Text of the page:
The human protein haptoglobin inhibits IsdH-mediated heme-sequestering by Staphylococcus aureus

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Iron is an essential nutrient for all living organisms. To acquire iron, many pathogens have developed elaborate systems to steal it from their hosts. The iron acquisition system in the opportunistic pathogen Staphylococcus aureus comprises nine proteins, called iron-regulated surface determinants (Isds). The Isd components enable S. aureus to extract heme from hemoglobin (Hb), transport it into the bacterial cytoplasm, and ultimately release iron from the porphyrin ring. IsdB and IsdH act as hemoglobin receptors and are known to actively extract heme from extracellular Hb. To limit microbial pathogenicity during infection, host organisms attempt to restrict the availability of nutrient metals at the host-pathogen interface. The human acute phase protein haptoglobin (Hp) protects the host from oxidative damage by clearing hemoglobin that has leaked from red blood cells and also restricts the availability of extracellular Hb-bound iron to invading pathogens. To investigate whether Hp serves an additional role in nutritional immunity through a direct inhibition of IsdH-mediated iron acquisition, here we measured heme extraction from the Hp-Hb complex by UV-visible spectroscopy and determined the crystal structure of the Hp-Hb-IsdH complex at 2.9 Å resolution. We found that Hp strongly inhibits IsdH-mediated heme extraction and that Hp binding prevents local unfolding of the Hb heme pocket, leaving IsdH unable to wrest the heme from Hb. Furthermore, we noted that the Hp-Hb binding appears to trap IsdH in an initial state before heme transfer. Our findings provide insights into Hp-mediated IsdH inhibition and the dynamics of IsdH-mediated heme extraction.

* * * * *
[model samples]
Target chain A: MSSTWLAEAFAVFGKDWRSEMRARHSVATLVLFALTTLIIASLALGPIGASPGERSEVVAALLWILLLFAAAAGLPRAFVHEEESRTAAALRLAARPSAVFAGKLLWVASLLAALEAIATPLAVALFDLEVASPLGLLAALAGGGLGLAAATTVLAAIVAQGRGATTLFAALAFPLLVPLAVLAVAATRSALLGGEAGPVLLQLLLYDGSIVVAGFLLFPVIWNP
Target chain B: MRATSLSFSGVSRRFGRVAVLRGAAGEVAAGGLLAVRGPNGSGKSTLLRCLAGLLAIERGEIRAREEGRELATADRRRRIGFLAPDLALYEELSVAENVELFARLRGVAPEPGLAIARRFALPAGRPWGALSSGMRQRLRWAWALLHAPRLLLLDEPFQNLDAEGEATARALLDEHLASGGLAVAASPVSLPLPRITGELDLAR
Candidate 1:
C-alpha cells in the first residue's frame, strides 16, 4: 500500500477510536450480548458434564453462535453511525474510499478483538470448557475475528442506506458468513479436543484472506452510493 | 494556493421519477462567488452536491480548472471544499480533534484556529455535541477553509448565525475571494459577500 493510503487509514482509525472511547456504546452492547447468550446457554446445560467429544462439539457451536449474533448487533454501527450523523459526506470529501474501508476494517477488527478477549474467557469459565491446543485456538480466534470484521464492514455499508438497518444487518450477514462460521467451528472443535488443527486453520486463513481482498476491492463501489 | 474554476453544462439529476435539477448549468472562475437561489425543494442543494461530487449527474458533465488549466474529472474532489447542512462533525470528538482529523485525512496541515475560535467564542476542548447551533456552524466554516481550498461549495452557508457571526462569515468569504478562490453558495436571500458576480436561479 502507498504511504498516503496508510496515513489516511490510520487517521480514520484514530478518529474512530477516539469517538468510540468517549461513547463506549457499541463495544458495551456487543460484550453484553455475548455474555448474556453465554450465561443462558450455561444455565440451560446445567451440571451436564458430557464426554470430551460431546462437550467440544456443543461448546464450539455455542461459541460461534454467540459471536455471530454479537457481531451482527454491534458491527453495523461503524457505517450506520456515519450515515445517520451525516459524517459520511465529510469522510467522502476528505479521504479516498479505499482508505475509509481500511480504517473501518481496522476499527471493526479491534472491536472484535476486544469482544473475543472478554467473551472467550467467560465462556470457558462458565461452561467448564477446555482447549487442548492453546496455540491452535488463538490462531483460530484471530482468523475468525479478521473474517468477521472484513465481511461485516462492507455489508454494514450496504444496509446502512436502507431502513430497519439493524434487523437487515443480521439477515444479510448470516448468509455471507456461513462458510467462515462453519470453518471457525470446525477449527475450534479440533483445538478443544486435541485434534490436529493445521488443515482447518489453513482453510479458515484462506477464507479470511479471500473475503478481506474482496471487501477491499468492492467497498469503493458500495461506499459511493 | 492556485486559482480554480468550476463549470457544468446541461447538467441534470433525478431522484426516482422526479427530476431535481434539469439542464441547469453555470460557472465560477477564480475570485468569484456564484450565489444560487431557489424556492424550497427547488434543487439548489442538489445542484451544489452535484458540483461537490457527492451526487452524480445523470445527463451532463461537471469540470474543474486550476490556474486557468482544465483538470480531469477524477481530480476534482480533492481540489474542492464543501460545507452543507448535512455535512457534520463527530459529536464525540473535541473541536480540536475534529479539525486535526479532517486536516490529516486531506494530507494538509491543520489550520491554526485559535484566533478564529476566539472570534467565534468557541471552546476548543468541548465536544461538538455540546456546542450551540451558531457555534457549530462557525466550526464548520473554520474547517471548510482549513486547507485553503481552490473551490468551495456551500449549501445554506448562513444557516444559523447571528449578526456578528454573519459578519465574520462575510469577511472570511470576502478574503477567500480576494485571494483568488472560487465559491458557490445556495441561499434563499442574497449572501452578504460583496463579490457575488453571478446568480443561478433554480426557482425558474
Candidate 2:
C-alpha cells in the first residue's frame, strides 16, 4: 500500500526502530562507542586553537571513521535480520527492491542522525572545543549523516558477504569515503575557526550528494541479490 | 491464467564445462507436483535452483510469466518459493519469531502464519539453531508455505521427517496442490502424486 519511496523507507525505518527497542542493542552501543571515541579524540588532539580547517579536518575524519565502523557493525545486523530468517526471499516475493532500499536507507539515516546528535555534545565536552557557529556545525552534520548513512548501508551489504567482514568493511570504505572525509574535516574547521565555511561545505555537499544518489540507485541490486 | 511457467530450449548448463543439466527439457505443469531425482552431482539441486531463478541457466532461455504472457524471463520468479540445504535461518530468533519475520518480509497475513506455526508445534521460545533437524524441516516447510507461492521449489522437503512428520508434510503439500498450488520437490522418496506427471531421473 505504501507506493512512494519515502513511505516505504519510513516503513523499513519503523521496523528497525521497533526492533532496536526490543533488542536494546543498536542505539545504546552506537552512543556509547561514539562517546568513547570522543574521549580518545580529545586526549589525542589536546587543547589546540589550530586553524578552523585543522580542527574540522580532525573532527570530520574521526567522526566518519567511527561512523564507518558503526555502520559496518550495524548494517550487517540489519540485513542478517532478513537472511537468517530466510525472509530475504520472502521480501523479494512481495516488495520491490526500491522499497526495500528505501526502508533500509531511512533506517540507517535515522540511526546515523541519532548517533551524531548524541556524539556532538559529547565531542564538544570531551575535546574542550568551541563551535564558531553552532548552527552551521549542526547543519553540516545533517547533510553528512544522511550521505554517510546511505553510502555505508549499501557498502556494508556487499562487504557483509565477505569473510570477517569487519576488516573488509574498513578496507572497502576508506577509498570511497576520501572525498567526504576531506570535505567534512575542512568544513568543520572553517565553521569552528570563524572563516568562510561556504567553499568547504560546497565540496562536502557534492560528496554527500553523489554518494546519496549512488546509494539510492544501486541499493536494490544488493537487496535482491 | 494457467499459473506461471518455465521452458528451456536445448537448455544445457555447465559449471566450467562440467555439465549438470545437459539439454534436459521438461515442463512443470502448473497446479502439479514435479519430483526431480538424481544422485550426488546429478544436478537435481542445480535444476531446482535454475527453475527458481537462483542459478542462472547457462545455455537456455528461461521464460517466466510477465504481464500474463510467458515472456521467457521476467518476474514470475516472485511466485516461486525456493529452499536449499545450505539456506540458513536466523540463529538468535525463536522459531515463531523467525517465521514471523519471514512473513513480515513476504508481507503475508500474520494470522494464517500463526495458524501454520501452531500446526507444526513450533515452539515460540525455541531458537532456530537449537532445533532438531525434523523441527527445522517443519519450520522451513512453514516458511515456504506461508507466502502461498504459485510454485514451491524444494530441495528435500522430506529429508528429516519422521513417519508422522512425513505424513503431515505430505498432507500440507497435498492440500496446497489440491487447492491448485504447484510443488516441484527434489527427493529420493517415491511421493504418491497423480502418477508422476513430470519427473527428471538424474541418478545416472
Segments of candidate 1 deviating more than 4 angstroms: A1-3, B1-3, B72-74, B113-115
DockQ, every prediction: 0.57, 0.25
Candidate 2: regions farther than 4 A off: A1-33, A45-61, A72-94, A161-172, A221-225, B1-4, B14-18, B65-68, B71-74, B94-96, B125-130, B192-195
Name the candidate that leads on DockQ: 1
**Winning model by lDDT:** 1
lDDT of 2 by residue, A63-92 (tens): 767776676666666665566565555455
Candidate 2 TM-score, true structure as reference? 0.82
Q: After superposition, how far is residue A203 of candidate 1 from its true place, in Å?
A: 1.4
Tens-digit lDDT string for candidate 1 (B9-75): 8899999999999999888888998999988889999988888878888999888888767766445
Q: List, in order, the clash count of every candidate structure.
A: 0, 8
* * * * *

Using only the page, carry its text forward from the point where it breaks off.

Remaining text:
Original languageEnglish
JournalJournal of Biological Chemistry
Pages (from-to)1781-1791
Number of pages11
Publication statusPublished - Feb 2020

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